The coronavirus changes our lives and … empties our pockets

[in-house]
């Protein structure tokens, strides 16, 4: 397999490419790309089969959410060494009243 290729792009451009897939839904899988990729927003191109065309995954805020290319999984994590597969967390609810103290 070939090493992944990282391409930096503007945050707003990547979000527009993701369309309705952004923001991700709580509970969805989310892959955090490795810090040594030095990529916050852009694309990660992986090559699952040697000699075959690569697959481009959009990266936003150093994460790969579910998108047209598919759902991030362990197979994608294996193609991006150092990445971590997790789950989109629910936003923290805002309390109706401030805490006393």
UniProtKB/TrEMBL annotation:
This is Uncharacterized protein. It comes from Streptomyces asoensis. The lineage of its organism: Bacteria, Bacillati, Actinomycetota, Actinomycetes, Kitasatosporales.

The outbreak of cases across Europe brings a nightmare deja vu with the Greek government announcing new restrictive measures on Friday causing chills for the impact on income, employment and the economy in general as Greek households, due to quarantine, have already lost 4 billion euros. Therefore the new strict restrictive measures – lockdown type – to cause damage to the already distressed market that may approach the levels of the first wave. The draft of the Ministry of Finance predicts that the average equivalent disposable family income before the coronavirus in 2020 was estimated at 10,240 euros and after the pandemic – without specifying whether the adverse scenario is included – will be 291.31 euros less or reduced by 2.84% Indicative of the consequences of the lockdown are data on business turnover, which decreased by 19.8 billion euros in the second quarter (in August decreased by 4.3 billion euros compared to last year), while the dip in 2020 tourism revenues are estimated to be high as the year closes with 1/5 of last year’s tourism revenues amounting to about 18 billion euros. In short, the year will end with a reduction of revenues from tourism by 80% (about 3.5 billion euros) compared to those of 2019. De facto abolition of the eight-hour front On the job data show that a very fluid period begins for employees. Eurostat data show that Greece and the Czech Republic had the lowest redundancy rates in the second quarter (less than 2% of Greek and Czech workers lost their jobs), but Greek workers, whose working hours were reduced or In the second quarter of the year, they exceeded 25%, which is one of the highest among the EU Member States, together with Italy, Cyprus and Ireland. The INE-GSEE report ((October 2020) presents a worrying picture as it reveals the reversal of fundamental labor rights, while the authors of the study estimate that “the de facto abolition of the eight-hour period and the liquidation of the start and end time of work has been imposed.” Also, 31% of employees in the second quarter Prior to the outbreak of the pandemic crisis, 73% of workers in all sectors worked overtime, while in some sectors, such as post-employment and transport, the corresponding figure was over 80%. The pandemic and the crisis it caused have changed this picture, with the proportion of people working overtime falling to 55%, while 19% working more than 48 hours a week. Between March and June the exit from the workforce ranged between 100 thousand and 180 thousand people in relation to the respective months of 2019. The largest volume of these people concerns employees who are suspended for more than three months and receive income less than 50% of their salary. Cost to the economy 500 – 600 million euros from a 15-day lockdown in Attica alone The monthly cost of imposing a universal lockdown, according to the calculations of the Ministry of Finance, is about 2.5% -3% of GDP, while cash ammunition amounts to approximately € 37.5 billion to finance measures to support the economy. With the outbreak of the pandemic, in the first half of 2020, the government received a series of interventions and according to the budget these interventions are worth a total of 24.156 billion euros, of which 21.468 billion euros relate to 2020 and 2.688 billion euros are expected to affect the fiscal result of 2021. If it is deemed necessary for the Attica Region to “close”, the effects of the measure will be significant on the economy. The contribution of the Attica Region to the economy reaches 86 billion euros – and especially the center of Athens exceeds 30 billion euros, which means that more than 47% of GDP is produced in the Basin. It is estimated that a possible 15-day lockdown in Attica will cost the economy 500-600 million euros, at a time when the catering and retail sectors are already “kneeling”. According to the Piraeus Chamber of Commerce and Industry, a very carefully planned fortnightly lockdown in Attica, which will involve anthropogenic activities such as trade, services and catering, will cost a reduction of at least 0.5% of annual GDP, ie turnover losses of about 1 billion . euro. He warns that these fifteen days will mean higher unemployment, endangering an additional 110,000 jobs and most likely new padlocks. At the same time, the average income will lose another 800 million euros and the red loans will increase by 8 billion euros, while the debts by 1.5 billion euros. How much has our salary been reduced? According to ELSTAT data, Greek households, only in the second In the second quarter of 2020, they lost 3.9 billion euros or 11.8% of their disposable income compared to the corresponding quarter of 2019. The disposable income of households in the second quarter of 2020 amounted to 28.96 billion euros, from 32 , 83 billion euros in the second quarter of 2019. The reduction in consumer spending of households and non-profit institutions serving households was almost proportional as it amounted to 28.4 billion euros in the second quarter of 2020 compared to 32.5 billion euros in In the second quarter of 2019, it decreased by 12.7%. For its part, the report of the Labor Institute of GSEE (October 2020) estimates that in the second quarter of 2020 the average monthly salary decreased by about 10% compared to the same quarter of 2019. During the same period the percentage of employees receiving up to 200 euros increased from 1% to about 12%. The percentage of people receiving from 400 to 600 euros decreased from 16.3% to 12.3%, while in the second quarter of 2020 72.9% of employees had salaries of less than 1,000 euros. Finally, the draft of the ministry Finance provides the following: 1. The average equivalent disposable family income before the coronavirus in 2020 was estimated at 10,240 euros. After the pandemic, this income is estimated to be 291.31 euros less or reduced by 2.84% .2. In the lower incomes (average income 2,945 euros) there is an increase of 1.94% due to the support measures and higher (average income 25,282 euros) a decrease of 5.5% .3. For 2021 it is estimated that, after the support measures, the average income will be higher by 54 euros or 0.53% compared to the pre-coronavirus income.4. The poverty rate was at 18.05% before the coronavirus and will increase in 2020 by 0.42%. In 2021, after taking all the measures, poverty will be reduced by 0.11%, compared to the pre-coronary level of 2020. The poverty line is the income of 5,260.84 euros. Follow it on Google News and find out all first the News See all the latest News from Greece and the World, at